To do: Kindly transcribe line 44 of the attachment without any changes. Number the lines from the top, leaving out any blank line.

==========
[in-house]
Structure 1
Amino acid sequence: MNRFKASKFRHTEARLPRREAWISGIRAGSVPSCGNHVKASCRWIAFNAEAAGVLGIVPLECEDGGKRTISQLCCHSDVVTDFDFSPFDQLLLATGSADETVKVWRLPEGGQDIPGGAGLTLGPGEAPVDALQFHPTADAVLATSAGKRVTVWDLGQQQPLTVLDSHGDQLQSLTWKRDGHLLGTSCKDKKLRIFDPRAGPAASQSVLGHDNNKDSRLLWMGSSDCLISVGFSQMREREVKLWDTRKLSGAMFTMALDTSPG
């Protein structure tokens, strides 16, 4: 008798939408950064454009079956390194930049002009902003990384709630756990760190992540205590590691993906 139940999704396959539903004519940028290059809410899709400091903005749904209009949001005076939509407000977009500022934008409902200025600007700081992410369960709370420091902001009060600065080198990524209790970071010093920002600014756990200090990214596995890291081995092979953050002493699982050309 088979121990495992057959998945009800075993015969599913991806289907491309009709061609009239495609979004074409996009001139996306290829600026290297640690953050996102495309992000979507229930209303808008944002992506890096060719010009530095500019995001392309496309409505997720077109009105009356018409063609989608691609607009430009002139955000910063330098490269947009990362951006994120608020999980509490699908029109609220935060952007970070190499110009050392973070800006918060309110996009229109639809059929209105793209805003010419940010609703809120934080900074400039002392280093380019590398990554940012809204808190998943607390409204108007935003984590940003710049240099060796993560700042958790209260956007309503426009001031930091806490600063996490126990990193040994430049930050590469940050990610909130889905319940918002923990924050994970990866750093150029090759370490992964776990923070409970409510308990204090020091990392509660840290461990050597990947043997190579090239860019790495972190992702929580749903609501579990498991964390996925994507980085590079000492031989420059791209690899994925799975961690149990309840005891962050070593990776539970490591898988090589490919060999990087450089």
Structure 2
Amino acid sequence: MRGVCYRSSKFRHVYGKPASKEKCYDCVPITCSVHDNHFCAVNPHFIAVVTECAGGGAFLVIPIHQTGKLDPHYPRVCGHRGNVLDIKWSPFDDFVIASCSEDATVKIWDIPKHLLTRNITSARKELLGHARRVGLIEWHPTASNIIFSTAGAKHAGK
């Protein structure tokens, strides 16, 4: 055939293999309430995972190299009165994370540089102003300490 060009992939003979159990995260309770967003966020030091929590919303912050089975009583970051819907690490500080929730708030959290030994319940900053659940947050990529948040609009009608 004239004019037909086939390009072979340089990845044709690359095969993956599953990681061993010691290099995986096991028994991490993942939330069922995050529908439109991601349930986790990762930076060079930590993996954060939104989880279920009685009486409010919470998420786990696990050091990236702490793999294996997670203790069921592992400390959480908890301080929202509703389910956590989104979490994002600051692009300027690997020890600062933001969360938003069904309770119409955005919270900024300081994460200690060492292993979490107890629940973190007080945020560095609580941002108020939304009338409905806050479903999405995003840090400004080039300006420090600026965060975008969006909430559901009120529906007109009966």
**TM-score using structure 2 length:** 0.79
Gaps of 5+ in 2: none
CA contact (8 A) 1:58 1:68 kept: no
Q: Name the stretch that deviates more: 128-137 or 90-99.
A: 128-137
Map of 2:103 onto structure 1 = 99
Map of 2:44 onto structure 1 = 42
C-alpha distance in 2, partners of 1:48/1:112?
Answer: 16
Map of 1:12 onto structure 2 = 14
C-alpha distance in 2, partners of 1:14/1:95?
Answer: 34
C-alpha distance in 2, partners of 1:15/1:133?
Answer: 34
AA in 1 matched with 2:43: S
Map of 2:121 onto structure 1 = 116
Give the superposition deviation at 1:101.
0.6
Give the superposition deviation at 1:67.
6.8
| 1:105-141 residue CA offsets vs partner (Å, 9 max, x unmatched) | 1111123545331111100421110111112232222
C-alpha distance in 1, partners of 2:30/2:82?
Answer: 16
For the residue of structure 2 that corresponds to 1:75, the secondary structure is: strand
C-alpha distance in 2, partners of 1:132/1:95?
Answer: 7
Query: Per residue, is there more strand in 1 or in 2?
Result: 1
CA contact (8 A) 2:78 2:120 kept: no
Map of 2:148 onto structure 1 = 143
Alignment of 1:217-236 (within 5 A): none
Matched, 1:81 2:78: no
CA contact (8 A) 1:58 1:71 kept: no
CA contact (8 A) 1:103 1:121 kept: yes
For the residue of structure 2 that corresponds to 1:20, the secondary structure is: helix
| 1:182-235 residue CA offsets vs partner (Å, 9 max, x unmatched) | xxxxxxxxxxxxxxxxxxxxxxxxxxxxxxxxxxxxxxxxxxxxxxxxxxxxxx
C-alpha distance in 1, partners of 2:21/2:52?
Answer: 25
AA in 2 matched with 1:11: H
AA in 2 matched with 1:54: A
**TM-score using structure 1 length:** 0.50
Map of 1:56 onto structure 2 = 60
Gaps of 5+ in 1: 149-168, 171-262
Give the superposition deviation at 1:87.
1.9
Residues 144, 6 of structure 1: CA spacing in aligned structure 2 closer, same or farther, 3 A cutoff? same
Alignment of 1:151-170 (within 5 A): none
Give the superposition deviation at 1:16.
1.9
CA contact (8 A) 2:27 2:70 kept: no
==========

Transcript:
C-alpha distance in 1, partners of 2:21/2:52?